How PRE-‐Texts© works? Training Workshop For Educators: 20 hours (4 hours, 5 days). Subject to Variations.
Implementation: Example for a 10-‐week program (Warm ups, Book-‐making, Reading aloud, what did we do? ĂŶĚ͞KĨĨŽŶĂdĂŶŐĞŶƚ͟ĂĐƚŝǀŝƚŝĞƐ repeat each session during the 10-‐week program)
PRE-‐Texts© Learning Objectives 1. To Develop Critical Thinking: To imagine new relationships and outcomes by altering pre-‐existing literary texts is also to engage critical thinking. 2. To Increase Reading Enjoyment: Pleasure and play are central determinants in ĐŚŝůĚƌĞŶ͛ƐĚĞƐŝƌĞƚŽƌĞĂĚĂŶĚͬŽƌĐŽŶƚŝŶƵĞƌĞĂĚŝŶŐŝŶƚŚĞĨƵƚƵƌĞ͘ZĞĂĚŝŶg enjoyment leads to continuing improvement in reading and literacy levels. 3. To Develop Artistic/Literacy Skills: Learning through creativity is central to the approach of Pre-‐Texts. Artistic engagement with literature develops skills to ŝŶƚĞƌǀĞŶĞƉƌŽĚƵĐƚŝǀĞůǇŝŶĂƌĂŶŐĞŽĨůŝĨĞ͛ƐĐŚĂůůĞŶŐĞƐ͘
Pre-‐Texts Target Outcomes Short-‐term Outcomes: x Increased Awareness: students discover that a classic text can have new uses. They realize that reading is not passive, but instead an active component of authorship. x Increased Knowledge: students learn vocabulary, grammar and historical/cultural references by exploring a classic text used for making art. x Increased Skills: students develop strategies to intervene in existing material, and to connect that material with their own experience and objectives. x Increased Motivation: students express a heightened desire and interest in reading. They use literary texts to ͞ŵĞĞƚ͟ƵŶĨĂŵŝůŝĂƌǁŽƌůĚƐ and mine them for artistic leads. x Improved Attitude: students perceive reading and writing as opportunities for play rather than impositions or homework. They generate self-‐discipline as artists. Intermediate-‐term Outcomes: x Improved Practices: educators will incorporate more challenging texts and imaginative interpretation strategies to raise learning expectations and results among students. x Improved Habits: students show positive literacy development and reading habits in their regular classes. x Improved Staff Engagement: positive engagement among instructional staff follows from collaboration between artists/educators and classroom teachers. x Improved Student Behaviors: after using literary texts as a precursor for activities, students develop self-‐authorizing confidence as well as admiration for each other, along with the necessary skills to process emotional challenges. x Improved Procedures: Educators incorporate arts in their curriculum as vehicles for enhancing instruction of the range of academic subjects. Long-‐term changes Outcomes: x Improved Environment: students discover their capabilities to analyze, intervene and transform their own world in an innovative and effective way.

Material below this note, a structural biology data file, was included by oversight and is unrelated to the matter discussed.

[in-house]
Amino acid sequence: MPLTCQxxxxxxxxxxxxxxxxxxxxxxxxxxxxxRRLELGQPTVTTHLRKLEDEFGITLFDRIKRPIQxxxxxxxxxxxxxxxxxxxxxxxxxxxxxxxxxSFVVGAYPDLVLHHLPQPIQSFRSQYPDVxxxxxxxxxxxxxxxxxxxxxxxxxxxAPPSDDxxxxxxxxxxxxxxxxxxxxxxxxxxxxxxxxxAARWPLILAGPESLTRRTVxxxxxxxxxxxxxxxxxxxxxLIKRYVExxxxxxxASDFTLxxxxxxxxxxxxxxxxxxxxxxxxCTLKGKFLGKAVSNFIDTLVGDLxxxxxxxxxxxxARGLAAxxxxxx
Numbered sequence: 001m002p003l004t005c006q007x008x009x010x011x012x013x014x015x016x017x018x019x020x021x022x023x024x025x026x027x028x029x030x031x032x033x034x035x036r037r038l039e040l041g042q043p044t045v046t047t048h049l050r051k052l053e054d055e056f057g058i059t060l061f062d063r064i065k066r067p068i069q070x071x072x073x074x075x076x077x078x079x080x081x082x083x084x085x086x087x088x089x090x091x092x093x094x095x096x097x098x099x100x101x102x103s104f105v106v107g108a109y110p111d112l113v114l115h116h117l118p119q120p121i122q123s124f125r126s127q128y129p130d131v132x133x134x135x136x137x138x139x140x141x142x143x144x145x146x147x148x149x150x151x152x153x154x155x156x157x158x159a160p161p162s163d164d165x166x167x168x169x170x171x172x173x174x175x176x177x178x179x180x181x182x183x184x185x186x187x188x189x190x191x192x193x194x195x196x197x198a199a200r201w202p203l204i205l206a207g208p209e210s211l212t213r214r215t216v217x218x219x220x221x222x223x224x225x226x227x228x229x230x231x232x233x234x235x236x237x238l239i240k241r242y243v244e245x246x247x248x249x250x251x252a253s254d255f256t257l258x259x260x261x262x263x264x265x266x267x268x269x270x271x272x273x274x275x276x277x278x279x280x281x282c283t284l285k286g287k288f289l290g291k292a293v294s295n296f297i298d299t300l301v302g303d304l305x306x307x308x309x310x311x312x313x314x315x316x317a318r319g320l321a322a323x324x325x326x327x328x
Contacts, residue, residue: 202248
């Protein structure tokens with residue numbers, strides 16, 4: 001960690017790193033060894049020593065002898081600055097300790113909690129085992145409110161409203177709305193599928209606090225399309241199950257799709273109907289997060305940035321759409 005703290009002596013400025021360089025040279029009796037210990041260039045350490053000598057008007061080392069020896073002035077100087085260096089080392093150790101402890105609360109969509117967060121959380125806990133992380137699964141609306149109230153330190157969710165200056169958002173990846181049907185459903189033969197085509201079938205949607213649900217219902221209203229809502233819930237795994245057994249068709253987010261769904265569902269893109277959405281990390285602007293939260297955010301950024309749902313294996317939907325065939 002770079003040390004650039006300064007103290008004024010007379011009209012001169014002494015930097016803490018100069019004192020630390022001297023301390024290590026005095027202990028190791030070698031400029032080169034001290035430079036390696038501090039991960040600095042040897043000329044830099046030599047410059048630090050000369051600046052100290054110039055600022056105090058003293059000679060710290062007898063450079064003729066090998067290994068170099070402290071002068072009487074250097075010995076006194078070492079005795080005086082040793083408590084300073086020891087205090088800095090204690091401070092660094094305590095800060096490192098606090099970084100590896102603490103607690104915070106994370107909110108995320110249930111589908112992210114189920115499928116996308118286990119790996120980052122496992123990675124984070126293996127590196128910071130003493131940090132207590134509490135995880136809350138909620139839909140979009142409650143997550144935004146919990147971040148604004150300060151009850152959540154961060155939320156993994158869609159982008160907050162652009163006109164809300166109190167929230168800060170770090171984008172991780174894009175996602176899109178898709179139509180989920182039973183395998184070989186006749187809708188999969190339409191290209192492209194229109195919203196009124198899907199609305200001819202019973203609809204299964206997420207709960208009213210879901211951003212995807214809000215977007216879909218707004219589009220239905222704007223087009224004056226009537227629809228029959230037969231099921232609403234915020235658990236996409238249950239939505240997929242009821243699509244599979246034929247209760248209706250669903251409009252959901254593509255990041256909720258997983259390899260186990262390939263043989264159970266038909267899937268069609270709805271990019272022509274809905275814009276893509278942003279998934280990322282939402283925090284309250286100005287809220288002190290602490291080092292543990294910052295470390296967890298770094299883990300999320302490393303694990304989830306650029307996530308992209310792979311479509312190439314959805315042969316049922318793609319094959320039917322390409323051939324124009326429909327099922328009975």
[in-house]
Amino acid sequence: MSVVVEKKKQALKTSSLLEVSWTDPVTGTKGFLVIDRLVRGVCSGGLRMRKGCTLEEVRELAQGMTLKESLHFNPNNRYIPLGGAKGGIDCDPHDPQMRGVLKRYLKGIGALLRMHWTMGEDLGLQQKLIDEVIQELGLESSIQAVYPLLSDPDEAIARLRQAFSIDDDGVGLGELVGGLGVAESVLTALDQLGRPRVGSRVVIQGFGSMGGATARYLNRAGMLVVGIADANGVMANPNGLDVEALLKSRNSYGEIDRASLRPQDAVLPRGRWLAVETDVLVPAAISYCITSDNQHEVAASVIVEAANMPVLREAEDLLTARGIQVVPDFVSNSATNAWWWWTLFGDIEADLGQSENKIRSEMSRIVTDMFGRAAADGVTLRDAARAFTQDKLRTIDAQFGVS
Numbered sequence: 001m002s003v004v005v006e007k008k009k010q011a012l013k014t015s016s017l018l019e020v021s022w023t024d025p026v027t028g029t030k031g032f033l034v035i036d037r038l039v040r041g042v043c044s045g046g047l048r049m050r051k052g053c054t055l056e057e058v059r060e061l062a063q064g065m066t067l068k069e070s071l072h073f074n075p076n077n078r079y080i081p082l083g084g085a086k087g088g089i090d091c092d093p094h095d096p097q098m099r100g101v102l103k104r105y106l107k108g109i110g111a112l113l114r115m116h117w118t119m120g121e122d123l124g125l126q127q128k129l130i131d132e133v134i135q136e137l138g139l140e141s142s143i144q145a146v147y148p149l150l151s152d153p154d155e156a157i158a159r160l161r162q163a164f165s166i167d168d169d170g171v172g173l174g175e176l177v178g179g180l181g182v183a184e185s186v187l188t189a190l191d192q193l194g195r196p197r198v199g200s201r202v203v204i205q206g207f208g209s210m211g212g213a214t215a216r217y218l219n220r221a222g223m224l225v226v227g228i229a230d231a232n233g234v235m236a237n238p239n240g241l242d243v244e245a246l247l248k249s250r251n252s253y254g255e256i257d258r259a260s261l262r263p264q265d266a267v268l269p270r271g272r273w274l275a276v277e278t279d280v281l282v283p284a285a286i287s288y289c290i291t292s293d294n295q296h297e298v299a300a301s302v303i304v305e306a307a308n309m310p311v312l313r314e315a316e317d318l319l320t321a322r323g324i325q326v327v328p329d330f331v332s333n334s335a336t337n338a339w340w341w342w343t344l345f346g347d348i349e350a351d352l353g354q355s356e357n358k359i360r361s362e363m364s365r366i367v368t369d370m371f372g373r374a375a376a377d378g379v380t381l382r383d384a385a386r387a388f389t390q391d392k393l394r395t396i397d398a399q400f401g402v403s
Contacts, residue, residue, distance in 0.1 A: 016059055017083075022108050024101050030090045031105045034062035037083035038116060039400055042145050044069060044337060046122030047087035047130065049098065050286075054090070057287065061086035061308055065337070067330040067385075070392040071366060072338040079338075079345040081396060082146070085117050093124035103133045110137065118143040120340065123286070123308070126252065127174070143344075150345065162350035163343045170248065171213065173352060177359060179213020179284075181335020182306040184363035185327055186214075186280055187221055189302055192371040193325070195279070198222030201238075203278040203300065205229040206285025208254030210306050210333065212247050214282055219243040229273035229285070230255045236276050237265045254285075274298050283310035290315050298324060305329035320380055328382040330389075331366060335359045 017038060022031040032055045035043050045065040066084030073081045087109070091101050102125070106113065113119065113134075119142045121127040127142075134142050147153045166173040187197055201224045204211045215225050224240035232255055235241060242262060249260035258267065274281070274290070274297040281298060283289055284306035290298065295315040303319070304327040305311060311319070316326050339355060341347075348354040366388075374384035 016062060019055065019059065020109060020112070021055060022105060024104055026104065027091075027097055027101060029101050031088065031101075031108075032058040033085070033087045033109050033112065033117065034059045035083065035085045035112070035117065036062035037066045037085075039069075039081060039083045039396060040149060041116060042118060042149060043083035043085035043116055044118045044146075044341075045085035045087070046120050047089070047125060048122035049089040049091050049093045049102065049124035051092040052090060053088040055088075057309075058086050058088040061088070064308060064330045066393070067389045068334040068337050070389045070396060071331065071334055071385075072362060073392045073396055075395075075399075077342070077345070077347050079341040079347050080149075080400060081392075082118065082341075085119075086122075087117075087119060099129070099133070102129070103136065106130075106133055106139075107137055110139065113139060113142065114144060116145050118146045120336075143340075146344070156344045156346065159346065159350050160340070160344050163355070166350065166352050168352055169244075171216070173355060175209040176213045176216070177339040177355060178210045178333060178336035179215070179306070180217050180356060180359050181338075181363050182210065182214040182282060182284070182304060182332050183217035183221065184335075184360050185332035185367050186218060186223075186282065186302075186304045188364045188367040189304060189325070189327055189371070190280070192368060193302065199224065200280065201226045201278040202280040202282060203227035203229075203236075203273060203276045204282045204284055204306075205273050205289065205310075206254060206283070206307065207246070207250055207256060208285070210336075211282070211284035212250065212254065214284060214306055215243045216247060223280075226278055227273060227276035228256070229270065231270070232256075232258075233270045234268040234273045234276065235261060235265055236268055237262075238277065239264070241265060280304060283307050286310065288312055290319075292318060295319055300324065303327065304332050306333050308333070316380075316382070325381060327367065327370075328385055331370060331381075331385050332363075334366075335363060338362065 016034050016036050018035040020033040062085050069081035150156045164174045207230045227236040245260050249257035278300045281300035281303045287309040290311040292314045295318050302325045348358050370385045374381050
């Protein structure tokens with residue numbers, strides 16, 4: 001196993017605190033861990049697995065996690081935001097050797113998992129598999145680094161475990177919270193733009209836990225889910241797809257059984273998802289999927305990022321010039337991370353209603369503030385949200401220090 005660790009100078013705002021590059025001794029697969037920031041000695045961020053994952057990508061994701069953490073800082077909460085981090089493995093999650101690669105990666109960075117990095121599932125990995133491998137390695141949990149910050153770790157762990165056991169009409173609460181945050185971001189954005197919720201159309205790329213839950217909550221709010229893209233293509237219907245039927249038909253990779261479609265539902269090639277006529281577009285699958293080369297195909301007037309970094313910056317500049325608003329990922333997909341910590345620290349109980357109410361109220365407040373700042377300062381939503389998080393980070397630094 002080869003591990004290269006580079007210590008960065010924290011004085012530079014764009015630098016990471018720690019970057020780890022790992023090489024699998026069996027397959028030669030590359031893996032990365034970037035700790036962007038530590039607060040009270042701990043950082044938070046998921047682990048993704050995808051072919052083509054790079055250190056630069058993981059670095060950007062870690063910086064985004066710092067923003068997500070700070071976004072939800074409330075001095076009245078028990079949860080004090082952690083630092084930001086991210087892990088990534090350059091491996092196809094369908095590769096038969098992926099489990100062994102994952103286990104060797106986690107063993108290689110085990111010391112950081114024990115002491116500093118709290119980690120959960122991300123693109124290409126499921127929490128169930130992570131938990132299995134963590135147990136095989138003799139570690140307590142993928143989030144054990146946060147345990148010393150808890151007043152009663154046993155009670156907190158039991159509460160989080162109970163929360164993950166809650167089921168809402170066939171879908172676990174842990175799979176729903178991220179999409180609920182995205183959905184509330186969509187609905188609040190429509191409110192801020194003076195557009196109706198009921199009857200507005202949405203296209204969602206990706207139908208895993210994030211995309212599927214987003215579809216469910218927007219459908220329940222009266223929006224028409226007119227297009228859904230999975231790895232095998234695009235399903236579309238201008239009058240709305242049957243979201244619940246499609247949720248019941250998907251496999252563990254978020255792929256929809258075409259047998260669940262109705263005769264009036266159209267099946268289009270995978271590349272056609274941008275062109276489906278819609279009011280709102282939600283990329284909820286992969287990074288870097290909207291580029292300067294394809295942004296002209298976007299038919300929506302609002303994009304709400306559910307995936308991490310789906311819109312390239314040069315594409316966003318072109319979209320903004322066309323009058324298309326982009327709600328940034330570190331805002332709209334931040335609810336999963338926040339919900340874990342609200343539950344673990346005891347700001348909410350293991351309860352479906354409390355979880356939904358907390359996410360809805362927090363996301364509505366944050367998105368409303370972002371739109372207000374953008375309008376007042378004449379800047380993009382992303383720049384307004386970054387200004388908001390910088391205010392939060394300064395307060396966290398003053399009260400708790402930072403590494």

Improved Social Conditions: communities, parents and schools benefit from the positive impact of more engaged and participant students in daily life activities. x Improved Economic conditions: engaged students with better literacy skills have better possibilities for accessing higher education and enhance their future income. x Improved Political Conditions: students develop citizenship and community through admiration of creative participation in workshops. They evaluate their own world and notions of conformity; society is now perceived as a work in progress that invites them to make changes and explore possibilities.
Activity One: Warm-‐ups Learning Goals: To let go of inhibitions; to acknowledge that making mistakes is part of the artistic and learning process; to trust other people as partners in art-‐making and learning; See Augusto Boal ͞'ĂŵĞƐĨŽƌĐƚŽƌƐĂŶĚEŽŶ-‐ĐƚŽƌƐ͟. Maverick Landing Community Center, East Boston -‐ 2009